Way number 1: My team has come up with these three options, A, B and C. Which one do you want us to do?
Way number 2: I need you to approve A. We also have options B and C, but we would not recommend them.
Way number 3: Just to let you know that we are doing A. We explored B and C but they did not rank as high as A.
These 3 ways describe 3 different concepts of empowerment, 3 different styles of leadership and, also, 3 different organizations. The 3 are legitimate, but they are very different. Don’t kid yourself, they are not simple variations.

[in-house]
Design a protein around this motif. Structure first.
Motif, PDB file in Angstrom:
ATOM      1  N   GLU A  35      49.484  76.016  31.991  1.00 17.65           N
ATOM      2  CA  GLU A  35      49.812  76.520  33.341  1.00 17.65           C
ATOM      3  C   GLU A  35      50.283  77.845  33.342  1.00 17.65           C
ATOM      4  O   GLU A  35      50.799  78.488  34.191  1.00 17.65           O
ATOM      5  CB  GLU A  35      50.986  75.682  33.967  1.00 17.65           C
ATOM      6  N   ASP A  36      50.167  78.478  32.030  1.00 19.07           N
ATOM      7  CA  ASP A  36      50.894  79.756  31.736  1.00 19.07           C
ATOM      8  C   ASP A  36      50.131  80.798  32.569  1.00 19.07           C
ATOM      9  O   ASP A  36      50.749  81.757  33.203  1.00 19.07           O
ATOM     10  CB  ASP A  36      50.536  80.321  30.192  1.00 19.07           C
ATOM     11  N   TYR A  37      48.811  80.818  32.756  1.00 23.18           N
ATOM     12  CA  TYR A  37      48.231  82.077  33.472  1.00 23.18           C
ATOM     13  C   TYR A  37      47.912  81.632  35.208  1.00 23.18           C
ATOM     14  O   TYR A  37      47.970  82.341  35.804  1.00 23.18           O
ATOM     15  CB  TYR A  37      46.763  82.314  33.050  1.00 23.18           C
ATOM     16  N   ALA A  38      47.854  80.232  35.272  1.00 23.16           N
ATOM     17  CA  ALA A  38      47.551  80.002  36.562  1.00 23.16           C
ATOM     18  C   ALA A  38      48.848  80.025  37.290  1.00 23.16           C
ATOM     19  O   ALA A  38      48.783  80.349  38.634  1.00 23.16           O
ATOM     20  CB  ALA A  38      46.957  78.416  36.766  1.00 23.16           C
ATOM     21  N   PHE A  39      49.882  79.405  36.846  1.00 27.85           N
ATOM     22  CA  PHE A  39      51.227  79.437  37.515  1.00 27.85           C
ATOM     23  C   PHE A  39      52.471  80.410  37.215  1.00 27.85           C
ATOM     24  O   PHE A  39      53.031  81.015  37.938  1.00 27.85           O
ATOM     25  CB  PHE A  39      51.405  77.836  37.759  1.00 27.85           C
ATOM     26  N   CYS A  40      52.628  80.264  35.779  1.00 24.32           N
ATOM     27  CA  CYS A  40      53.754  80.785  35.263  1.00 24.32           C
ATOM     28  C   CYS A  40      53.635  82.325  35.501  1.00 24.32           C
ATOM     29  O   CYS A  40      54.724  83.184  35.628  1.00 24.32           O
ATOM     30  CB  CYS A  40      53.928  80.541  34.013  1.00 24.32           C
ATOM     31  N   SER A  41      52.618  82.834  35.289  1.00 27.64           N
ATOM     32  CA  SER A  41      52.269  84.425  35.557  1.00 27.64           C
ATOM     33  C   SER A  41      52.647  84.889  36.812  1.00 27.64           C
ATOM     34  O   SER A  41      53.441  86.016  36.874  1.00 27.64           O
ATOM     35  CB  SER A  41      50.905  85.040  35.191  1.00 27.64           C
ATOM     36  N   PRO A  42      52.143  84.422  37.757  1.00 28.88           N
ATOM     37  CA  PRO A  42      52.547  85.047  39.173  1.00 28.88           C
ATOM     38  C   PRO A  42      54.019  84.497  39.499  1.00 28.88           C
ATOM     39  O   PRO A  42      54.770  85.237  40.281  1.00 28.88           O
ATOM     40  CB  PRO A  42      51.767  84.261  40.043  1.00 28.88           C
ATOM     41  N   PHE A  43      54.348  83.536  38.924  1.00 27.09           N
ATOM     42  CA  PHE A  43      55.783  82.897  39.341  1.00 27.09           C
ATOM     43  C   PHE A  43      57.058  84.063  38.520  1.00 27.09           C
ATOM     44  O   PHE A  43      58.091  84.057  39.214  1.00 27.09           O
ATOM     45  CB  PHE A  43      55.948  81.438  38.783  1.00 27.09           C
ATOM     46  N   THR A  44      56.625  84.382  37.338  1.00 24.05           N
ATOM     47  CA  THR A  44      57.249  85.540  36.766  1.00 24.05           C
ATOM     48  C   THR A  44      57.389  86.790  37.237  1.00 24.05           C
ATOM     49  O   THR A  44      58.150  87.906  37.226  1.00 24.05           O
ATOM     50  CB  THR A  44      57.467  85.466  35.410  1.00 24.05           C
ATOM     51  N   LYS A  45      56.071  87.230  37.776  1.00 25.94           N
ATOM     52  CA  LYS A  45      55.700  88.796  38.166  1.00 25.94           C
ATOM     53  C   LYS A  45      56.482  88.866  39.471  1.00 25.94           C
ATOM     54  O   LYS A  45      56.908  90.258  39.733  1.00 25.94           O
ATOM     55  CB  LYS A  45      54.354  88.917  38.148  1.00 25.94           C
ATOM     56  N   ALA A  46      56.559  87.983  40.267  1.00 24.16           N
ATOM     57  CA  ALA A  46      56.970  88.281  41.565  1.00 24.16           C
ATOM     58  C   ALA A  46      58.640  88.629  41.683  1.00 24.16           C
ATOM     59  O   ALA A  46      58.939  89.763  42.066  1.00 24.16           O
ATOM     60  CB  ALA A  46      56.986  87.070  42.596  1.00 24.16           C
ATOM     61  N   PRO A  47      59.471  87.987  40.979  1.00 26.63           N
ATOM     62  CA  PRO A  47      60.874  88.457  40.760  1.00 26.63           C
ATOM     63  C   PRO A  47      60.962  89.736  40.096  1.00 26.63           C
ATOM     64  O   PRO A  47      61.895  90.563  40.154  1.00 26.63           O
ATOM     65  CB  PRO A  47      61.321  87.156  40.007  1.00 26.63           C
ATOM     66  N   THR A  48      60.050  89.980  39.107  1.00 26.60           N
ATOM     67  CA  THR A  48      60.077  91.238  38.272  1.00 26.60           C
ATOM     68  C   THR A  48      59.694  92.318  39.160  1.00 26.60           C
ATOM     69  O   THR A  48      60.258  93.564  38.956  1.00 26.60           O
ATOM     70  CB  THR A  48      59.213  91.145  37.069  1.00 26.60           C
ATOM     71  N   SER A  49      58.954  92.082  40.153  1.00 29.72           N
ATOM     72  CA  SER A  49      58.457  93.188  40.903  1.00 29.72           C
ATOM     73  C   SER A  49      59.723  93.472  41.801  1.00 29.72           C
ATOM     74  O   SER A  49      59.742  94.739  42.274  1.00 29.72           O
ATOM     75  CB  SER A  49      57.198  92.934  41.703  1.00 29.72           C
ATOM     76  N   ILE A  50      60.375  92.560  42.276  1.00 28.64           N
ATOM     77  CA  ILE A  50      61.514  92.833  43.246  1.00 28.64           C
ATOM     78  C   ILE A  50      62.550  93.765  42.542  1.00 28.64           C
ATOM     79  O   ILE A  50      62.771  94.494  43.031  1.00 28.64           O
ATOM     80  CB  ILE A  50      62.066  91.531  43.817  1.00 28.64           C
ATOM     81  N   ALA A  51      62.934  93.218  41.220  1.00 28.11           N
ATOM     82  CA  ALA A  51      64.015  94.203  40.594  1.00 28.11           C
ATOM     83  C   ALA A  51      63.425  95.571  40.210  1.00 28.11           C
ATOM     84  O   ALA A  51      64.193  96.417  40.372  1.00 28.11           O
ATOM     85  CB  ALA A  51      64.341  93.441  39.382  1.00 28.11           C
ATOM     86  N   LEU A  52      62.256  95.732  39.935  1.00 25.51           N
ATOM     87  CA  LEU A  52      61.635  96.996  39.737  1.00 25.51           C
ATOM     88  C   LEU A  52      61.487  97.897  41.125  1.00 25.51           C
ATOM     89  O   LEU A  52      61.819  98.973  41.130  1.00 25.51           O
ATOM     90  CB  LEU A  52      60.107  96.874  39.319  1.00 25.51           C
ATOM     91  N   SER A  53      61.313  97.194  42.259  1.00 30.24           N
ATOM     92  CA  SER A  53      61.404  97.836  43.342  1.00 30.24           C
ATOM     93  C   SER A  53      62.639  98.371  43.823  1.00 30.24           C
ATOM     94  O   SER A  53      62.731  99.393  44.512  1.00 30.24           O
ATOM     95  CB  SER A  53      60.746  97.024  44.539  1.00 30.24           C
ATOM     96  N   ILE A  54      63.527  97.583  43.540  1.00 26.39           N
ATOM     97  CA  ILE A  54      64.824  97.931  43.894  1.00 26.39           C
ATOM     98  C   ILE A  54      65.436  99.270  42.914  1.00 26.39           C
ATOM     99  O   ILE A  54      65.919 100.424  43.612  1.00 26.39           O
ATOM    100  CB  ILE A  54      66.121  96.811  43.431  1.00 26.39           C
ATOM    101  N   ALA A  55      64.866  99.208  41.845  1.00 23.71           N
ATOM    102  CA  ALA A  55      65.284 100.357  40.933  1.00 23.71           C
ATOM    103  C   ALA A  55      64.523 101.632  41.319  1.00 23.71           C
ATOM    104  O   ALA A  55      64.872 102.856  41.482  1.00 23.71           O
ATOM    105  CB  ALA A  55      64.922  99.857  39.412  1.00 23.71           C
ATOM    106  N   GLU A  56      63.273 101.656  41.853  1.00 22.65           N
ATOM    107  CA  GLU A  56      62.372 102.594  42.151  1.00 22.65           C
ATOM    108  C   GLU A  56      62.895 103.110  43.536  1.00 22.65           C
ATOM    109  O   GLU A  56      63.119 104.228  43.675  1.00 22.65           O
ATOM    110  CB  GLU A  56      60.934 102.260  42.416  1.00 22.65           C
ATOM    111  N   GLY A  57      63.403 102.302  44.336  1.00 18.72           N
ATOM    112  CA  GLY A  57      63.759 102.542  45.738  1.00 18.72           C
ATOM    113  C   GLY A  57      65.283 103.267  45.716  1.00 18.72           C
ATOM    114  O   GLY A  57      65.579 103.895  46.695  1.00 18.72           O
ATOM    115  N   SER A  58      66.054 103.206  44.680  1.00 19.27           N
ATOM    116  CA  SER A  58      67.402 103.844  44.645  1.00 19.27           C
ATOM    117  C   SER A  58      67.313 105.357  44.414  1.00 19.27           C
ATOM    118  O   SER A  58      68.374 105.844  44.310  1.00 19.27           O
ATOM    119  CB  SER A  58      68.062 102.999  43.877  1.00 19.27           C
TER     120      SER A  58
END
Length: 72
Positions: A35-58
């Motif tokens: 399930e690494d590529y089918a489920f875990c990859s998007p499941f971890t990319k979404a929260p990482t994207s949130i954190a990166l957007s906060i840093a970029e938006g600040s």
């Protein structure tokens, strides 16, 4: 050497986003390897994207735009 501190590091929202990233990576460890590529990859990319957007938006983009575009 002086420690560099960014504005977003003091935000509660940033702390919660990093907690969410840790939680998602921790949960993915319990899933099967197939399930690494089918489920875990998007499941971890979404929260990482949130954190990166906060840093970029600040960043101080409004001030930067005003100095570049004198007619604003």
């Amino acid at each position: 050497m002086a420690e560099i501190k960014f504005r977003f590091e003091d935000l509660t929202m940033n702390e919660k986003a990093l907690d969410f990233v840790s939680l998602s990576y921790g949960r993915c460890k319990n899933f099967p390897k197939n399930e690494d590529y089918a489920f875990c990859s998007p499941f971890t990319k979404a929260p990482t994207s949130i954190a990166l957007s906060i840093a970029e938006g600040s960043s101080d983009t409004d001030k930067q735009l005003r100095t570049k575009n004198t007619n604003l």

Many people still ask for permission for things that the leadership does not expect to have to approve. But they may do so, because it’s now on their plate, in front of them. Many Boards complain that decisions are ‘pushed up’ too much, but do very little to change the situation. On the other hand, many leadership structures expect to be presented with options, for the latter to make a final decision.
Knowing whether ‘you are’ 1, 2 or 3, and, more important, whether you’d like to be 1 or 2 or 3, or which one of them your senior leadership expects, is fundamental. These questions are, more often than not, simply not posed or articulated. In these cases, decision-making runs in automatic pilot mode, creating default positions, that are never validated properly, that, sooner or later, will drive people, top or middle or bottom, for different reasons, simply mad.